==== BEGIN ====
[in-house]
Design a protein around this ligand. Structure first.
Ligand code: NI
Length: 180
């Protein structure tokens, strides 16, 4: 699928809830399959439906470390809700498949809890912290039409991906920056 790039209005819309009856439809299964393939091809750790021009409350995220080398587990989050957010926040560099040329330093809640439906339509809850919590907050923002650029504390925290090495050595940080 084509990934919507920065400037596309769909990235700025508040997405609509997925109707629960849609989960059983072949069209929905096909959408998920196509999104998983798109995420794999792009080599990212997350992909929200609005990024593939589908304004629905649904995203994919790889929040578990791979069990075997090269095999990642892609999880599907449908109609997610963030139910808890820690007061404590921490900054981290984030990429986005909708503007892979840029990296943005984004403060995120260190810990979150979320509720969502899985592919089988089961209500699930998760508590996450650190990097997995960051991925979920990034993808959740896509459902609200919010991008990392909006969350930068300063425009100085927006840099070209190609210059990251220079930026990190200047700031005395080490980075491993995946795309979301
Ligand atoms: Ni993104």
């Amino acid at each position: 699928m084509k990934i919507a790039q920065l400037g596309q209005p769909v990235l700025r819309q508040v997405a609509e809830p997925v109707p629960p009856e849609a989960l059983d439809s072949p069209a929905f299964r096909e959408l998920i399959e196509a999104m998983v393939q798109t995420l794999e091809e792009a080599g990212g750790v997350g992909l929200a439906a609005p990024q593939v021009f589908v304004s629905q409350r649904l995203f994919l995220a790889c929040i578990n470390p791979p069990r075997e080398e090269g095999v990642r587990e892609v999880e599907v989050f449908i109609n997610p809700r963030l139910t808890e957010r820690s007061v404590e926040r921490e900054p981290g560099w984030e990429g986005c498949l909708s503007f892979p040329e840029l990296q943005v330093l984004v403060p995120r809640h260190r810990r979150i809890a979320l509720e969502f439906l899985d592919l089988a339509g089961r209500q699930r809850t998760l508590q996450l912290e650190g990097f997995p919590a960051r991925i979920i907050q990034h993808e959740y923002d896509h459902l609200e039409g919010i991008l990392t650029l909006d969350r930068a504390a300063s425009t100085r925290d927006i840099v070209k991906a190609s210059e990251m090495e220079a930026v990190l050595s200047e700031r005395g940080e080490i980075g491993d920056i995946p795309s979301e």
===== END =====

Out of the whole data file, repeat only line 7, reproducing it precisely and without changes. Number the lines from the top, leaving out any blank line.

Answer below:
């Amino acid at each position: 699928m084509k990934i919507a790039q920065l400037g596309q209005p769909v990235l700025r819309q508040v997405a609509e809830p997925v109707p629960p009856e849609a989960l059983d439809s072949p069209a929905f299964r096909e959408l998920i399959e196509a999104m998983v393939q798109t995420l794999e091809e792009a080599g990212g750790v997350g992909l929200a439906a609005p990024q593939v021009f589908v304004s629905q409350r649904l995203f994919l995220a790889c929040i578990n470390p791979p069990r075997e080398e090269g095999v990642r587990e892609v999880e599907v989050f449908i109609n997610p809700r963030l139910t808890e957010r820690s007061v404590e926040r921490e900054p981290g560099w984030e990429g986005c498949l909708s503007f892979p040329e840029l990296q943005v330093l984004v403060p995120r809640h260190r810990r979150i809890a979320l509720e969502f439906l899985d592919l089988a339509g089961r209500q699930r809850t998760l508590q996450l912290e650190g990097f997995p919590a960051r991925i979920i907050q990034h993808e959740y923002d896509h459902l609200e039409g919010i991008l990392t650029l909006d969350r930068a504390a300063s425009t100085r925290d927006i840099v070209k991906a190609s210059e990251m090495e220079a930026v990190l050595s200047e700031r005395g940080e080490i980075g491993d920056i995946p795309s979301e």